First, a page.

By Cameron Abbott, Rob Pulham, Max Evans and James Gray
In the age of QR code check-ins and vaccination certificates, as Australia edges towards a post-pandemic (or mid-pandemic, it increasingly seems) “normal”, new research from the Australian National University (ANU) has revealed that Australians have become less trusting of institutions with regards to data privacy.
The ANU researchers said that the decrease in public trust between May 2020 and August 2021 was small but “statistically significant”. A key reason for this decrease, according to the researchers, was concern around “how their private data from check-in apps might be used by major institutions” as lockdowns and the use of apps for contact tracing intensified.
The institutions which experienced the greatest loss of trust were social media companies (10.1% decline), telecommunications companies, and federal, state and territory governments. This echoes sentiment from the OAIC following its recent ‘community attitudes to privacy’ survey that Australians trust social media companies the least when it comes to handling personal information, followed by the government.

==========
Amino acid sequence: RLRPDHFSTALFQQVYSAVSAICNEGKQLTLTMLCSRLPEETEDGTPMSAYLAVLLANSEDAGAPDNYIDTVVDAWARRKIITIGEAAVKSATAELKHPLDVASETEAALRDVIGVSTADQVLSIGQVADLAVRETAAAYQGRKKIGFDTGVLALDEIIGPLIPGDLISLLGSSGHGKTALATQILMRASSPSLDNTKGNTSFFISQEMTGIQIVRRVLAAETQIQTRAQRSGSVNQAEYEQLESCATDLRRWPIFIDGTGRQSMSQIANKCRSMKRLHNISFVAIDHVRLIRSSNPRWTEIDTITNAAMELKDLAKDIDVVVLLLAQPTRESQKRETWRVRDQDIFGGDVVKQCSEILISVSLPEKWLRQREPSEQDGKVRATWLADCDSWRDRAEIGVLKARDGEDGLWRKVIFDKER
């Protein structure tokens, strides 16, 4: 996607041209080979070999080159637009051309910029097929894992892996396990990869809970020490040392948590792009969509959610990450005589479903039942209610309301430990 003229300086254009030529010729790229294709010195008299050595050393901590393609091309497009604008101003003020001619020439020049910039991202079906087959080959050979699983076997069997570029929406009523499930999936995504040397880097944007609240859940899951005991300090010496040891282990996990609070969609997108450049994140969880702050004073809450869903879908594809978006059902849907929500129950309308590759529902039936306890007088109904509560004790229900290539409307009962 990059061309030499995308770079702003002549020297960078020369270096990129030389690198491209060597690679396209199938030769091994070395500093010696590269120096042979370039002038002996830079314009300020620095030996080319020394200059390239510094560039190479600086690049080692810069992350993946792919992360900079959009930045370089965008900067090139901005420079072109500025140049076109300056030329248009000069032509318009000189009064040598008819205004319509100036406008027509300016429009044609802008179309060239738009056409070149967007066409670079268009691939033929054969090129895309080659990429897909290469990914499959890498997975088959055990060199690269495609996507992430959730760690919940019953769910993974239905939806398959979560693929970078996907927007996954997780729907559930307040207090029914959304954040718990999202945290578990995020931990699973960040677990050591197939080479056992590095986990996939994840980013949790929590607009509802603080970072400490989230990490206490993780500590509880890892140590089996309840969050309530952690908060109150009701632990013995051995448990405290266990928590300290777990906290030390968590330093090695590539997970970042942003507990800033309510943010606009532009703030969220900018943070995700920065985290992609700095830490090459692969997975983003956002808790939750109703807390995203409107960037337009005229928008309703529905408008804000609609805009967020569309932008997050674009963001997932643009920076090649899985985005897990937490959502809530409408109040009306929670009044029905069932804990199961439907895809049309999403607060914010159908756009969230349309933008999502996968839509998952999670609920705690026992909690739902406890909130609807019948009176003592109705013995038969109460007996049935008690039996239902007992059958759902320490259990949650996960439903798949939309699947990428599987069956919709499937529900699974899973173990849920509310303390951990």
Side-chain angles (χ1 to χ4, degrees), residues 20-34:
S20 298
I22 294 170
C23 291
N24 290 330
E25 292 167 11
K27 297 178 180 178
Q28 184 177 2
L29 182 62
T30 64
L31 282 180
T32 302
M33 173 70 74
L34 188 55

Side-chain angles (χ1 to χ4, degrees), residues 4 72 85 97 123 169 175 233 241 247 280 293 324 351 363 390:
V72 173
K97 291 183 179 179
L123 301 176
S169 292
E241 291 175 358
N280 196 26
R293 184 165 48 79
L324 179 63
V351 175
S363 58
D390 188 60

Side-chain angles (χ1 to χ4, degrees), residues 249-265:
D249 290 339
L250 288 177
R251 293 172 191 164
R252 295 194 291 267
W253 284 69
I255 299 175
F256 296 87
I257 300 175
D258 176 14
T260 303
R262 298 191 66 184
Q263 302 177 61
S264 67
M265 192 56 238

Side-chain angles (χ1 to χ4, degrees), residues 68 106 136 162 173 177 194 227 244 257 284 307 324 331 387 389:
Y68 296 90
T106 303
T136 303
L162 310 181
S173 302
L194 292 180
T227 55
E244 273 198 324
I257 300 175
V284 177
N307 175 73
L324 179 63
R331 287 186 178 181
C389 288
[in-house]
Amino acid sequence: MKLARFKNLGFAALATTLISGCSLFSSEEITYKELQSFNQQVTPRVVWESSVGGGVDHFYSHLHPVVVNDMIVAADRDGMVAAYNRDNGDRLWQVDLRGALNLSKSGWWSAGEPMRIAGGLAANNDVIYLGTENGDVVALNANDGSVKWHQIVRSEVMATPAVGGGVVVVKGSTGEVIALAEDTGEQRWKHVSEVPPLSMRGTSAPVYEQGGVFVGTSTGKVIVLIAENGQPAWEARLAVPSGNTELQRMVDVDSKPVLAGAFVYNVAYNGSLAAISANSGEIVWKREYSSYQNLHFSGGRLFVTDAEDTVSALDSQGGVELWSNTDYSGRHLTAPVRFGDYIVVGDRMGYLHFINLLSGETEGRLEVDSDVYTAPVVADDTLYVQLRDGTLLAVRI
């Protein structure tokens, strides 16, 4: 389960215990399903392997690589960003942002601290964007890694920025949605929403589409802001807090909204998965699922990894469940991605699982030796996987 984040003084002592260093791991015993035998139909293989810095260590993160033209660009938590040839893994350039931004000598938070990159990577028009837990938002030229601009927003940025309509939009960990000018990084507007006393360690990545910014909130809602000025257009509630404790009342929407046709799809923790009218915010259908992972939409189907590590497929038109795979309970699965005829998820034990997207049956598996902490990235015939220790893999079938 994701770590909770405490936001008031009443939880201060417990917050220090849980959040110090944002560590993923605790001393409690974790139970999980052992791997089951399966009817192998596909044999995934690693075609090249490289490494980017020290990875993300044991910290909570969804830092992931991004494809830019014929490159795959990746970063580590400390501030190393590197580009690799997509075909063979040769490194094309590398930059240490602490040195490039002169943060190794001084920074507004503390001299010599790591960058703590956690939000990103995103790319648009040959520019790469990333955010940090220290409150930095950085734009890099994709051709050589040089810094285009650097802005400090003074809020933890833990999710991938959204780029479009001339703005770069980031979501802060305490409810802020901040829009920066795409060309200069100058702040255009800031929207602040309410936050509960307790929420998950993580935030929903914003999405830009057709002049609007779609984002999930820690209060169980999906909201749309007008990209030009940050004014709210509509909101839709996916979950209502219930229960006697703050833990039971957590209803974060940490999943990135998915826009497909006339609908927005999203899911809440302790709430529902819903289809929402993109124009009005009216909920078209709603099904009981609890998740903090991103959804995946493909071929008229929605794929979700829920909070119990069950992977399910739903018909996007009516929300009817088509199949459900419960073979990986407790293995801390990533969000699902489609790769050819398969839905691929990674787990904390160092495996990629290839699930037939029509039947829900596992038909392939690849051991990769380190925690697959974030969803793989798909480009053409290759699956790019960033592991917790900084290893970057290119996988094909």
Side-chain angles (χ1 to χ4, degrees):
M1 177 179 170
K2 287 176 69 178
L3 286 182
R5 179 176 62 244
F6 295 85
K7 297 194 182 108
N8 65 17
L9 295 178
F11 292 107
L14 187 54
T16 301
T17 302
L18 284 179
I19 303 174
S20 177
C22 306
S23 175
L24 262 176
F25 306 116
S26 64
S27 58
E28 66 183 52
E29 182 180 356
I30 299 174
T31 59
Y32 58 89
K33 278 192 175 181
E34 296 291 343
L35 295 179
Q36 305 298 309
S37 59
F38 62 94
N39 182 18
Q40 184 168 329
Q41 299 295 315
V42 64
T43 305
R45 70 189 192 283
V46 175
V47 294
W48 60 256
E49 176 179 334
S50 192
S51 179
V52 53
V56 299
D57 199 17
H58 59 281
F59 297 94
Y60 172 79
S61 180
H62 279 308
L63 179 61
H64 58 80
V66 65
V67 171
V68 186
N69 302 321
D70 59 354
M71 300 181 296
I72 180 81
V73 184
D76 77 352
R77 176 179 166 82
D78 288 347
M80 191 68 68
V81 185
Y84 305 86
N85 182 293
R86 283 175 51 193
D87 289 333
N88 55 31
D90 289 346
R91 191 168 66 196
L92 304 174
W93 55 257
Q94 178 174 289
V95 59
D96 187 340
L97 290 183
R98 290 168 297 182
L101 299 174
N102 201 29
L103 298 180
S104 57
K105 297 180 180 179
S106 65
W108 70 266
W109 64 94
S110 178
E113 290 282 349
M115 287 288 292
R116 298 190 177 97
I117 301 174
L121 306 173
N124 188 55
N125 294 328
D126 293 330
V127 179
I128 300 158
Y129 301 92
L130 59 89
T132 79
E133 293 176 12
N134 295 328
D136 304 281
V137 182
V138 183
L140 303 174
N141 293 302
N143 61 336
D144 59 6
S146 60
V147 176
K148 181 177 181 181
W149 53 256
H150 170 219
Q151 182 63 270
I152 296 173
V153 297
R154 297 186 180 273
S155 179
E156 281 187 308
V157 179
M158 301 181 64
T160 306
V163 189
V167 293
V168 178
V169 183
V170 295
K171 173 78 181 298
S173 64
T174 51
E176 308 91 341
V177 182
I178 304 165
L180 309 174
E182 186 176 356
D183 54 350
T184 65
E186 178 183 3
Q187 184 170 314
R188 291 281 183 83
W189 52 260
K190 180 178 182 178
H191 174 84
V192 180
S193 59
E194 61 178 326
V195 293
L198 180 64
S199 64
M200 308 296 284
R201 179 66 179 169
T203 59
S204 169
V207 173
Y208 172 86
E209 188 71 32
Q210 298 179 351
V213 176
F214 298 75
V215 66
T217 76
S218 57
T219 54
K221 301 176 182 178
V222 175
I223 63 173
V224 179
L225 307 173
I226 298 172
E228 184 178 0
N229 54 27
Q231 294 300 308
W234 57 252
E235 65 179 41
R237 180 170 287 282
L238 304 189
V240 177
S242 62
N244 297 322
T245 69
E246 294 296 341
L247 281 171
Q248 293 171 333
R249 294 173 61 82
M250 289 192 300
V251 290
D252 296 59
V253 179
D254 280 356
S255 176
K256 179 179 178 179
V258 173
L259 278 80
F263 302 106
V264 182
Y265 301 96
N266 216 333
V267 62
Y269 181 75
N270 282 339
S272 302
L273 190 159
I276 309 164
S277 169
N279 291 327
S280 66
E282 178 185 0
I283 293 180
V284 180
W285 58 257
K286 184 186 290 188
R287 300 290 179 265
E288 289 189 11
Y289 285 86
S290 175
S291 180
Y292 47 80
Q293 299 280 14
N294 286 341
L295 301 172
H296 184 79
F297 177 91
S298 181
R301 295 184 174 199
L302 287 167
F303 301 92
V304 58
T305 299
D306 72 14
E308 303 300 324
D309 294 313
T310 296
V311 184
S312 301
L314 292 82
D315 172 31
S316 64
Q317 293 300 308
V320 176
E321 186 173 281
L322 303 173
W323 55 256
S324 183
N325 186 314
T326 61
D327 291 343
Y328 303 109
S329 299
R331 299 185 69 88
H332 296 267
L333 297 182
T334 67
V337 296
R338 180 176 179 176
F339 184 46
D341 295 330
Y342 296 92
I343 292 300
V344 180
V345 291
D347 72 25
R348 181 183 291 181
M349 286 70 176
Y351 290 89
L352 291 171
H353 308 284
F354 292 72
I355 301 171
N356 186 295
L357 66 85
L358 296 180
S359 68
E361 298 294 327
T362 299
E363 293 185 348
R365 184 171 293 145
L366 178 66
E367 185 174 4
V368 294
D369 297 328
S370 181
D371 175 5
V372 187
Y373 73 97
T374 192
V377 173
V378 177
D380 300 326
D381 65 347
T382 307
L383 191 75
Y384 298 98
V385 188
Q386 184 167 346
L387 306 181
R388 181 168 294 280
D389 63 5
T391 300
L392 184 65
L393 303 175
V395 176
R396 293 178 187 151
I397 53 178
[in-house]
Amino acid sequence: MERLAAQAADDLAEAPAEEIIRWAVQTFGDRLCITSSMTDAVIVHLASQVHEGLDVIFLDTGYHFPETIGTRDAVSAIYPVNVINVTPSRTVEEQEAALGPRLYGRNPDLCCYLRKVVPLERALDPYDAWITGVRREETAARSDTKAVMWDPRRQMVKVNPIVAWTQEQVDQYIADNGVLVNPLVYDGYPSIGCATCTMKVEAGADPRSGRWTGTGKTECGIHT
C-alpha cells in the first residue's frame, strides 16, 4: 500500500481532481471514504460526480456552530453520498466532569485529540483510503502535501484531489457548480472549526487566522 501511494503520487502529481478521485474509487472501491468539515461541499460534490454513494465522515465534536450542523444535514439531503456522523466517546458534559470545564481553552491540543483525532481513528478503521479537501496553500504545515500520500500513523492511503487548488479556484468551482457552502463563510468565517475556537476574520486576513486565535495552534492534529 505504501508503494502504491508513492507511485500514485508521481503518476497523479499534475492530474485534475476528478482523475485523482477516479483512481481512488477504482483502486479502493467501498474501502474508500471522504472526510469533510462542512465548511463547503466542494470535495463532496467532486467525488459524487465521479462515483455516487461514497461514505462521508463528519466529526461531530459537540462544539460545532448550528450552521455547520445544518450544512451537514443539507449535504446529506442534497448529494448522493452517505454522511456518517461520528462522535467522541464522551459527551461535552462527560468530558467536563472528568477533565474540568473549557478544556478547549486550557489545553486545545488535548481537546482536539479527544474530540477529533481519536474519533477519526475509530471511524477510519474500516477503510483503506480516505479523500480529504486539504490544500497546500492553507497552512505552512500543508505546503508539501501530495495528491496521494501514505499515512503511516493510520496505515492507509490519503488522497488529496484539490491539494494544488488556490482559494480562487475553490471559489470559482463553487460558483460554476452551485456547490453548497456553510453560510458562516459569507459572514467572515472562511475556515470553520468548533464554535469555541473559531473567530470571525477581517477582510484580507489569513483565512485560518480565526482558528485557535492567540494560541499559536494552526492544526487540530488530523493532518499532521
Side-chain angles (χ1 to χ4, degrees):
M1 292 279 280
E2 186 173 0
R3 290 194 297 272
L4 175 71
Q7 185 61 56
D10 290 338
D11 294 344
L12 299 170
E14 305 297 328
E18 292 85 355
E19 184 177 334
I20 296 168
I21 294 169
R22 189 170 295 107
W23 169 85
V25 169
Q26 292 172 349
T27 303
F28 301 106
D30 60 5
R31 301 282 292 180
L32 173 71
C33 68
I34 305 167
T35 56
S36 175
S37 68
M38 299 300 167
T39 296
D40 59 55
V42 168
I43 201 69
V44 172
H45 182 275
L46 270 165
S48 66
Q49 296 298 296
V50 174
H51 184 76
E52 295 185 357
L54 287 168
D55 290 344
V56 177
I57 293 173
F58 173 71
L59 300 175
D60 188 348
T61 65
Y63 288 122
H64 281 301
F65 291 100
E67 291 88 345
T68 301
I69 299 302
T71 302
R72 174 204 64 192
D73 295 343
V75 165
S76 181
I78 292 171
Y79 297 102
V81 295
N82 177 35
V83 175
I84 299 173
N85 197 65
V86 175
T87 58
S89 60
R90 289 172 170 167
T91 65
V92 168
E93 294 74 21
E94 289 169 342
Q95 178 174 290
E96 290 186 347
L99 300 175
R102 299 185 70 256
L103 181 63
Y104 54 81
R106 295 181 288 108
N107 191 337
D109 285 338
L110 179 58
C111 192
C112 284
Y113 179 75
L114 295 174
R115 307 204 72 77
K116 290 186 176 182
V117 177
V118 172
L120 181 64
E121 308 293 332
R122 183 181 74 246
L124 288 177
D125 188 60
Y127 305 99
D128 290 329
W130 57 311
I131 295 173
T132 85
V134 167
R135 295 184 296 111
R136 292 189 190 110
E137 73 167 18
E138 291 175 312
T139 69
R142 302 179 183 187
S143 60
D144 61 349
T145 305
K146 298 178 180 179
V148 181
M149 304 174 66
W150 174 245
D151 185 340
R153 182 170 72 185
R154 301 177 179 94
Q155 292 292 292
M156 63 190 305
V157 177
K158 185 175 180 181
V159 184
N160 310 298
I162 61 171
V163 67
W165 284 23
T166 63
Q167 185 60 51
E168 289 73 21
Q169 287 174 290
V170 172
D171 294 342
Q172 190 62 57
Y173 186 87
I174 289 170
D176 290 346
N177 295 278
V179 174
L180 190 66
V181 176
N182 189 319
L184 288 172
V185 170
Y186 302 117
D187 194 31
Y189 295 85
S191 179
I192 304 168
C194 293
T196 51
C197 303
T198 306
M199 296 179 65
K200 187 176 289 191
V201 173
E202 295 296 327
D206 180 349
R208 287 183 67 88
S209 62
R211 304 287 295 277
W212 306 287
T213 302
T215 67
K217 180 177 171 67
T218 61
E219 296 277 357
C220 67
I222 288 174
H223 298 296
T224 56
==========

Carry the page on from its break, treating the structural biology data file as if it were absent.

While it remains to be seen whether this loss of trust becomes a permanent trend, one way to make Australians more comfortable with an organisation’s data practices – as reinforced by the OAIC – is to ensure the purpose of the collection and use of personal information is clearly understood. The OAIC has found that Australians are increasingly questioning data practices where the purpose for collecting personal information is unclear.
With increased penalties for privacy non-compliance looming, there’s never been a better time to revisit your privacy policies and collection statements to make sure that these are clear, so your organisation can stand out against this trend and build consumer trust.